2019 Masters Primer: History, TV, Field, Odds

Credit: Getty Images/Andrew Redington

There are no guarantees in sports, except one. The azaleas will always be in bloom in Augusta, Ga., during Masters week. The club makes sure of that.

Credit: Getty Images/David Cannon

The Masters, though, also offers as close to a guarantee regarding competition as any sporting event anywhere delivers. With uncanny regularity, it produces moments of the highest drama in sports.

The list is almost endless:

Gene Sarazen’s double-eagle on 15 — “the shot heard round the world” — that set up his victory in 1935. An era of multiple victories each by golf royalty — Byron Nelson, Ben Hogan and Sam Snead.

Arnold Palmer’s ascendancy to being known simply as “the King,” fueled by four green jackets in seven years. Jack Nicklaus then coming along and topping Palmer by winning a mind-boggling six Masters, the last in 1986 as the oldest winner at age 46, fueled by rallying to shoot a magical 30 on the final nine.

Augusta-native Larry Mize’s miracle 140-foot chip-in in 1987 to stun Greg Norman in a playoff. Nick Faldo winning in consecutive years (1989, ’90), both times in playoffs. Ben Crenshaw’s courageous one-stroke win in 1995, when he sank the final putt and broke down crying, remembering his mentor, Harvey Penick, who had died seven days earlier.

Then Tiger Woods, so much Tiger. At 21, he won his first Masters in awe-inspiring form in 1997 — by 12 strokes, the largest margin in Masters history. Tiger’s second green jacket in 2001, completing his “Tiger Slam” as the holder of all four major titles at one time. A third title in 2002, and then the capper in 2005, the chip on 16 that climbed up a slope and then crawled down a hill, stopping to sit on the lip of the cup for two full seconds, then falling in for a birdie greeted with roars that still may be echoing today. (It still took a playoff after that, with a Tiger birdie edging out Chris DeMarco on the first extra hole.)

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Could there be more? Of course! Phil Mickelson breaking through to finally win his first major at Augusta in 2004, and then Phil’s audacious gamble (Is there any other way with Phil?) of hitting off the pine straw through the trees on 13 in 2010 to three feet from the cup, on his way to his third green jacket.

Rory McIlroy at 21 in 2011, looking like he would be the next alpha dog in golf as he took the lead onto the 10th tee on Sunday, only to melt down on the back, opening the door for Charl Schwartzel’s victory.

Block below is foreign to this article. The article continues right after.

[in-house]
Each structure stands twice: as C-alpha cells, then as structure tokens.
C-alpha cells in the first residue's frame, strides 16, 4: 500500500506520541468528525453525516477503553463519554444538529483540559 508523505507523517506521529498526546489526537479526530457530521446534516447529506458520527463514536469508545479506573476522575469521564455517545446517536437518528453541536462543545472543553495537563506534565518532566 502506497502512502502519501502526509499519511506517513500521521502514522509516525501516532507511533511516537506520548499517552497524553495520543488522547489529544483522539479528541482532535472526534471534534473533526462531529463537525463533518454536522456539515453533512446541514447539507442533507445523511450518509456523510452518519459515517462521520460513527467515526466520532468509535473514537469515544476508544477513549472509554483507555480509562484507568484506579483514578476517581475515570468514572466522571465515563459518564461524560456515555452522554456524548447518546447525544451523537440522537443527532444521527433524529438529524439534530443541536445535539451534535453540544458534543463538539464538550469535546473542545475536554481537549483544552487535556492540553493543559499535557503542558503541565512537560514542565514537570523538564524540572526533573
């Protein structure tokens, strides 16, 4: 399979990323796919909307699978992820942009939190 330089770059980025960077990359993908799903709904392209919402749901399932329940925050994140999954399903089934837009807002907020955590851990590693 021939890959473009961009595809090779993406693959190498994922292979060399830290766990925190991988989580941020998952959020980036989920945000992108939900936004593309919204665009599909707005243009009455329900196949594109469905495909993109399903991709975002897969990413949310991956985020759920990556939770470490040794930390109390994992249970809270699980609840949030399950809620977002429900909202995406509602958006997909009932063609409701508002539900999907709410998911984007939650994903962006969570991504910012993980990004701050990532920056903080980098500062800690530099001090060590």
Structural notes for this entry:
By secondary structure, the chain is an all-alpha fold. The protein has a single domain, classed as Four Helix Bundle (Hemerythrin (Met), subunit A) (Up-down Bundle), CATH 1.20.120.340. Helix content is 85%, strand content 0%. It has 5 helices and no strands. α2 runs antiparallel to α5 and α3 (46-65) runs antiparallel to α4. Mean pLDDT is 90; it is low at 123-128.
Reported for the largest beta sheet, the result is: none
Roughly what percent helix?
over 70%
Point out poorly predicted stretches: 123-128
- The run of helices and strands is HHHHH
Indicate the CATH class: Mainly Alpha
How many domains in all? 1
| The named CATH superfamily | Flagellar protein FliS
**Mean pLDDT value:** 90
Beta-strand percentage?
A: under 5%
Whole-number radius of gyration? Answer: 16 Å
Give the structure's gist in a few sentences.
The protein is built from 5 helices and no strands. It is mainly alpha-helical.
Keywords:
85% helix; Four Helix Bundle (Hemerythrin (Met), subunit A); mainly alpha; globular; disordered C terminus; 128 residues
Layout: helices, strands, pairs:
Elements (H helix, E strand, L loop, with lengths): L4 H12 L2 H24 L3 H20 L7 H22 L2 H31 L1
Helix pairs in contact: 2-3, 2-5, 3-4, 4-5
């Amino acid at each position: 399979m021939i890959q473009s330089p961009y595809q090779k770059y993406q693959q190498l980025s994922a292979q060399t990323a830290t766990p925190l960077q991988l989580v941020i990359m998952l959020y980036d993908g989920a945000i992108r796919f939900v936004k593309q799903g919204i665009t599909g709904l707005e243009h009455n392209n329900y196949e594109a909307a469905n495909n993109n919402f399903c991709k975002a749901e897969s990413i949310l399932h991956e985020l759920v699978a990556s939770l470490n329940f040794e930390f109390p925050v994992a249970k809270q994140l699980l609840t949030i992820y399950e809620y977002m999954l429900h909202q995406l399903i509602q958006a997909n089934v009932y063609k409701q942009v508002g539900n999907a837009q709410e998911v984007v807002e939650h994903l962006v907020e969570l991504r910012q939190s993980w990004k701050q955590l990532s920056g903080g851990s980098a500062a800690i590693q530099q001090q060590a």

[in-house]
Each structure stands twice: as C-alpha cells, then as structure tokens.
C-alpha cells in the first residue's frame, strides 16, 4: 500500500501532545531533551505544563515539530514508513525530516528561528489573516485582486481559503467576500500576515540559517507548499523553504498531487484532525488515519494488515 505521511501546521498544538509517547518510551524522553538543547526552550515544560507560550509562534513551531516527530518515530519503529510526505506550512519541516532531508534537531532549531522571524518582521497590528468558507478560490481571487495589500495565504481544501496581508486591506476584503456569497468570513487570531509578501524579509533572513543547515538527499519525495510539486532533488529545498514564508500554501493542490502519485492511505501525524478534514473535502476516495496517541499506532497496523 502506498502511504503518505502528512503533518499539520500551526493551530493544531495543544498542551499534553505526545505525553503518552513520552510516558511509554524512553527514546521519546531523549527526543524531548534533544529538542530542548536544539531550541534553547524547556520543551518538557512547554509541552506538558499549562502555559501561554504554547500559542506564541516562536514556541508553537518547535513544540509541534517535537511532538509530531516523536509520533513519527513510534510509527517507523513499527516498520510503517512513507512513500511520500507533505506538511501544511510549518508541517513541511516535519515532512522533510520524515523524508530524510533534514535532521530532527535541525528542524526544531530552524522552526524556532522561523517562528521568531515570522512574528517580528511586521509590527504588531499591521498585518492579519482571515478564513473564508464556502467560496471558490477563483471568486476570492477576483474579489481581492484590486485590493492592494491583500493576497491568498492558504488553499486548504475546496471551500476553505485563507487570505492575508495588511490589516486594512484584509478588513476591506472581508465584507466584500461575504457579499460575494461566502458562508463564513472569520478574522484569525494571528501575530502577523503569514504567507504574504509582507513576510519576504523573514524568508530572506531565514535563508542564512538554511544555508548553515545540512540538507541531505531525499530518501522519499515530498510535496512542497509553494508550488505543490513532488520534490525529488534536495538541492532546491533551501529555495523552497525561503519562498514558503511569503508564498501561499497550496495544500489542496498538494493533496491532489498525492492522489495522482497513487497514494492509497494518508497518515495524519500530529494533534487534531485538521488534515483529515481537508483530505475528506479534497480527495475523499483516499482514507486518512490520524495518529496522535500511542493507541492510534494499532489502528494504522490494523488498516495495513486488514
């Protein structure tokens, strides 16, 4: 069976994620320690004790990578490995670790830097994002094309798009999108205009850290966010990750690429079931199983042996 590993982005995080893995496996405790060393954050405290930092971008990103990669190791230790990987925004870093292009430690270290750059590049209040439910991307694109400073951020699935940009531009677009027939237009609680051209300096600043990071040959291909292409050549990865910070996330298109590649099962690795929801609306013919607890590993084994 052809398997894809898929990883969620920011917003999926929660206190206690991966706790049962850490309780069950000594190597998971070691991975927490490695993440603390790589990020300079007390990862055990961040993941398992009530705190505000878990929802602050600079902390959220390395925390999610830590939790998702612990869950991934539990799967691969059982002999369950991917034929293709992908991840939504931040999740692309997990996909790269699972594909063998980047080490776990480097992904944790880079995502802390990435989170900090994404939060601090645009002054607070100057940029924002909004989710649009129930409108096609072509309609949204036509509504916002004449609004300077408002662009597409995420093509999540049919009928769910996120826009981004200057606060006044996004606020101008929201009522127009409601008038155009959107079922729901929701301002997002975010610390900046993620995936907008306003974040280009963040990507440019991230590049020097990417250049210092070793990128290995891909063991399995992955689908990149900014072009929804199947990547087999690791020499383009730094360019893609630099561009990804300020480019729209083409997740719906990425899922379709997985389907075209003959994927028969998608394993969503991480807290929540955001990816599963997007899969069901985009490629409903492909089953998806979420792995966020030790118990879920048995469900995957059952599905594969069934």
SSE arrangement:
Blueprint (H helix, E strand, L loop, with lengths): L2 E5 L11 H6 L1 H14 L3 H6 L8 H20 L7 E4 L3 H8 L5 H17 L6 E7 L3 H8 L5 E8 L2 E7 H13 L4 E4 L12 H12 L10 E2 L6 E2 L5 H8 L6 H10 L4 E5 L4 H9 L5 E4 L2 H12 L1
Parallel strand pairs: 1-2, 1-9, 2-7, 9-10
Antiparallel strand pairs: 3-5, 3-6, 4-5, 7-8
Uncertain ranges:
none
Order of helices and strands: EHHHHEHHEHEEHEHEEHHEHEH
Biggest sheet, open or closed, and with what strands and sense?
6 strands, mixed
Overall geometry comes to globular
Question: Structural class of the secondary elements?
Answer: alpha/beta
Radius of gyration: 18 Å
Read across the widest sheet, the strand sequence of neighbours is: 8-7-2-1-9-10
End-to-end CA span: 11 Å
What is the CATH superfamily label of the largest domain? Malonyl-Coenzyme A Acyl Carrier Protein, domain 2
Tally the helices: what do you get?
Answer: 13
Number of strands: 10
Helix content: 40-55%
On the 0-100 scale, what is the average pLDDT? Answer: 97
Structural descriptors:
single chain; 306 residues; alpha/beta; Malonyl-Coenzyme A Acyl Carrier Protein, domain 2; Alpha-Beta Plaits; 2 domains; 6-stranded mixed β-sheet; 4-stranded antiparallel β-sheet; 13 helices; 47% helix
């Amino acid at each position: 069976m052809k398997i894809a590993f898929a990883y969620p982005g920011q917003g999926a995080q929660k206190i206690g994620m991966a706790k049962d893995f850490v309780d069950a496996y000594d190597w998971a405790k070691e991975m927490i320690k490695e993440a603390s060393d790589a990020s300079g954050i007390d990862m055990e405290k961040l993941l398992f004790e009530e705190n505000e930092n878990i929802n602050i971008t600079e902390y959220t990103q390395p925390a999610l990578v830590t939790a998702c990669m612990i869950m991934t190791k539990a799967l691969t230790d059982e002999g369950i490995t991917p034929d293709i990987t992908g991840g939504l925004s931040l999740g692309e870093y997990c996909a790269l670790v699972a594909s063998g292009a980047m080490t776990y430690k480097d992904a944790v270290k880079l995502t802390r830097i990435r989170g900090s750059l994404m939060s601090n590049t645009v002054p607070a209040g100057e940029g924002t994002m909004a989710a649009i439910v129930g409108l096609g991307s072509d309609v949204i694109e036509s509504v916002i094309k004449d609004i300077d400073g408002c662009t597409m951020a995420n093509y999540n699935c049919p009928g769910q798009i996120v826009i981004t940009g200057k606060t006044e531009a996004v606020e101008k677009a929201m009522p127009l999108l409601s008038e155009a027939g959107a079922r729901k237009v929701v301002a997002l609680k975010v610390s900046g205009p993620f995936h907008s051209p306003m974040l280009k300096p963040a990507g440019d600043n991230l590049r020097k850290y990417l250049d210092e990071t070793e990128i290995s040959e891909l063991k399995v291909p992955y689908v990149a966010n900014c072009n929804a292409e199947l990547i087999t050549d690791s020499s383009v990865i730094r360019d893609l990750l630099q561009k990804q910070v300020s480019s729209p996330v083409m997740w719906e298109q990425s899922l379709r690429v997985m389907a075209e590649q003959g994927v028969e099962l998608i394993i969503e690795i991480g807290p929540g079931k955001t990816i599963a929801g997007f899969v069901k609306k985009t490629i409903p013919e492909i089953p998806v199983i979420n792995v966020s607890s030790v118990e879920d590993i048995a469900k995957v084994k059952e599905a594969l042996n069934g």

Bubba Watson and Louis Oosthuizen in a playoff in 2012, set up in part by Oosthuizen earlier in the day becoming the first player in Masters’ history to double-eagle the No. 2 hole, but Bubba claiming the title with his own miracle on the second playoff hole, a sweeping hook off of pine straw from deep in the forest that somehow found its way to within 10 feet of the cup on No. 10. Back to No. 10 in a playoff in 2013, Adam Scott making a 12-foot birdie putt to win his first major and become the first Australian to win The Masters.

Bubba winning again in 2014, this time by three shots after being tied for the lead after 54 holes by 20-year-old Jordan Spieth, who finished tied for second. Spieth coming back the next year and leaving no doubt, winning The Masters as the second-youngest champ by setting a record for most birdies and tying Tiger’s record for lowest winning total at 18-under par.

Credit: Getty Images

And Sergio Garcia, for the first time, successfully navigated the tightrope between glory and disaster, edging Justin Rose in yet another playoff by sinking a 12-foot birdie putt on No. 18 to claim his first major championship at age 37 in 2017.

It’s almost exhausting to all take in, and yet, every golf fan — every sports fan, really — knows there is likely to be another unreal chapter added on Sunday, April 14, 2019.

The collection of potential storylines is as rich and deep as any in memory.

Will Tiger finally claim major No. 15 to complete his remarkable recovery? Will world No. 1 Dustin Johnson finally break through in Georgia? Can Rory claim the career grand slam in his last start at Augusta as a 20-something? Is it Justin Thomas’ time?

How about Justin Rose, as hot as any golfer and with a strong Masters record that includes two runner-up finishes, but no green jackets?

Will the safe space of Augusta National allow Spieth to get his game back on track?

The answers await us all, beginning on Thursday. It’s bound to be magic.


Tournament: The Masters
Dates: April 11-14, 2019
Where: Augusta, Ga.
Course: Augusta National
Distance: Par 72, 7,435 yards
Architect: Alister McKenzie, Bobby Jones
Format: 72-holes, stroke play, 36-hole cut
Purse: $11,000,000
Winning Share: $1,980,000
Defending Champion: Patrick Reed


All Online coverage at Masters.com. O=Online, CBSSN=CBS Sports Network


On the Range: 12-2:00 pm (O)
Hole No. 16: 12-5:00 pm (O)

On the Range: 12-2:00 pm (CBSNN)


On the Range: 9-11:00 am (O)
Hole No. 16: 12-5:00 pm (O)

On the Range: 9-11:00 am (CBSSN)


On the Range: 9-11:00 am (O)
Par-3 Contest: 2-5:00 pm (O)

On the Range: 9-11:00 am (CBSSN)
Par-3 Contest: 3-5:00 pm (ESPN)


Honorary Starter: 7:45-8:45 am (O)
On the Range: 8:30-10:30 am (O)
Featured Groups: 10:00-7:30 pm (O)
Amen Corner: 10:45-6:00 pm (O)
Holes 15 & 16: 11:45-7:00 pm (O)
Broadcast Simulcast: 3:00-7:30 pm (O)

On the Range: 11:00-1:00 pm (CBSSN)
Broadcast: 3:00-7:30 pm (ESPN)
Day-One Highlights: 11:30-11:45 (CBS)


On the Range: 8:30-10:30 am (O)